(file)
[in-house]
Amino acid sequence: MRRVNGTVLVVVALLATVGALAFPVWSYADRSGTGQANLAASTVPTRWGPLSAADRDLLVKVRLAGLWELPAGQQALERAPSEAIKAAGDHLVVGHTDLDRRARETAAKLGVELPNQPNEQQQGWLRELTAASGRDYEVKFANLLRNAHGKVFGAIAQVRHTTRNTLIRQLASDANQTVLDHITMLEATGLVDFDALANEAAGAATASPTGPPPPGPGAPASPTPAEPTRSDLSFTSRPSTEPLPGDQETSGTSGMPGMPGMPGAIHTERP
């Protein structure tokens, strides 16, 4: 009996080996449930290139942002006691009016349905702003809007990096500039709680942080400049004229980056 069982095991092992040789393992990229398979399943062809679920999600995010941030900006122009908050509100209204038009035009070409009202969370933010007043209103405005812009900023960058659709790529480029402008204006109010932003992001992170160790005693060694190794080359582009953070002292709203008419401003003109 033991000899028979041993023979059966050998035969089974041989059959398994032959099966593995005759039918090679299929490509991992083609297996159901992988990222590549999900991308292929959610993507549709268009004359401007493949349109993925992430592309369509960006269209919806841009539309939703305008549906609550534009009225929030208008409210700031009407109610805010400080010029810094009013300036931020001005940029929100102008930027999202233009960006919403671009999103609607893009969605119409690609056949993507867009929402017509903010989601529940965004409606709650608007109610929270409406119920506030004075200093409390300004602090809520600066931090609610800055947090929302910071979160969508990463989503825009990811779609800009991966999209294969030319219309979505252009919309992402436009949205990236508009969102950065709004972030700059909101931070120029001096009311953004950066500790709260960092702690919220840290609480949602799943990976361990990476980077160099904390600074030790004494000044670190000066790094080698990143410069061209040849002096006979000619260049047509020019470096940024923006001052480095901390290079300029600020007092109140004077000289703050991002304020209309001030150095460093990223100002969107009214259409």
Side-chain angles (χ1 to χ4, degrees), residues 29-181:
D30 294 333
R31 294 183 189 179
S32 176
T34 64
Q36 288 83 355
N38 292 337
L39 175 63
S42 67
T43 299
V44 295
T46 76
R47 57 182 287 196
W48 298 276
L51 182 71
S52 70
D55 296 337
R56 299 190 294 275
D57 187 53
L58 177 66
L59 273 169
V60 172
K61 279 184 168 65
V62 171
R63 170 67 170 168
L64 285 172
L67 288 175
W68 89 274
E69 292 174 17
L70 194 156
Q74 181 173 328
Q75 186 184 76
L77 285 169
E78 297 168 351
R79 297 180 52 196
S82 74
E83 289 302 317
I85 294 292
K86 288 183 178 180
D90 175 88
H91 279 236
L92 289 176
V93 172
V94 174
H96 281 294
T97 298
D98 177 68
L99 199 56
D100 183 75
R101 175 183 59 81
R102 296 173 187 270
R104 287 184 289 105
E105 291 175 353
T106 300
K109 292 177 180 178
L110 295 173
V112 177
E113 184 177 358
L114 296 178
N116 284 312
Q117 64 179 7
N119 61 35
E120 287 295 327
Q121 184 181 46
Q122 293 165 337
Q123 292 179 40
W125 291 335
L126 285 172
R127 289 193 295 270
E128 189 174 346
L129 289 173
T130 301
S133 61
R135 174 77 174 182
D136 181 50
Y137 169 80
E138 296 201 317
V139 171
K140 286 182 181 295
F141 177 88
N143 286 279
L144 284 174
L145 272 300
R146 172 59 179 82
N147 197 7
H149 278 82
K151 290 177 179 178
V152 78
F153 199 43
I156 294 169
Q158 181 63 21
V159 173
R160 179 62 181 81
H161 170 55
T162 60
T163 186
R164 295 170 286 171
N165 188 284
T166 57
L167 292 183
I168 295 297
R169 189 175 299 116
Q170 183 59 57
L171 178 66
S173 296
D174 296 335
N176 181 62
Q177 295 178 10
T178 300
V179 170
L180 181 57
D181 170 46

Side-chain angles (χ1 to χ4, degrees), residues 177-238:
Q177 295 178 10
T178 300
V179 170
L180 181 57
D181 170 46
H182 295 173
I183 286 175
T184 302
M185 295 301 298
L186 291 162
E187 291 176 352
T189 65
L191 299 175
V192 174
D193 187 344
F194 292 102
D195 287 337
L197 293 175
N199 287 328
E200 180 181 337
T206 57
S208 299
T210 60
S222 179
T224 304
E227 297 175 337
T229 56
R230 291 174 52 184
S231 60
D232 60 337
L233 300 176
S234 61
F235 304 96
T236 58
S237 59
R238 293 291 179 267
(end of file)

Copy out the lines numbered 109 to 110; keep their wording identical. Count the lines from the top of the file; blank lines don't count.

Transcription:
D174 296 335
N176 181 62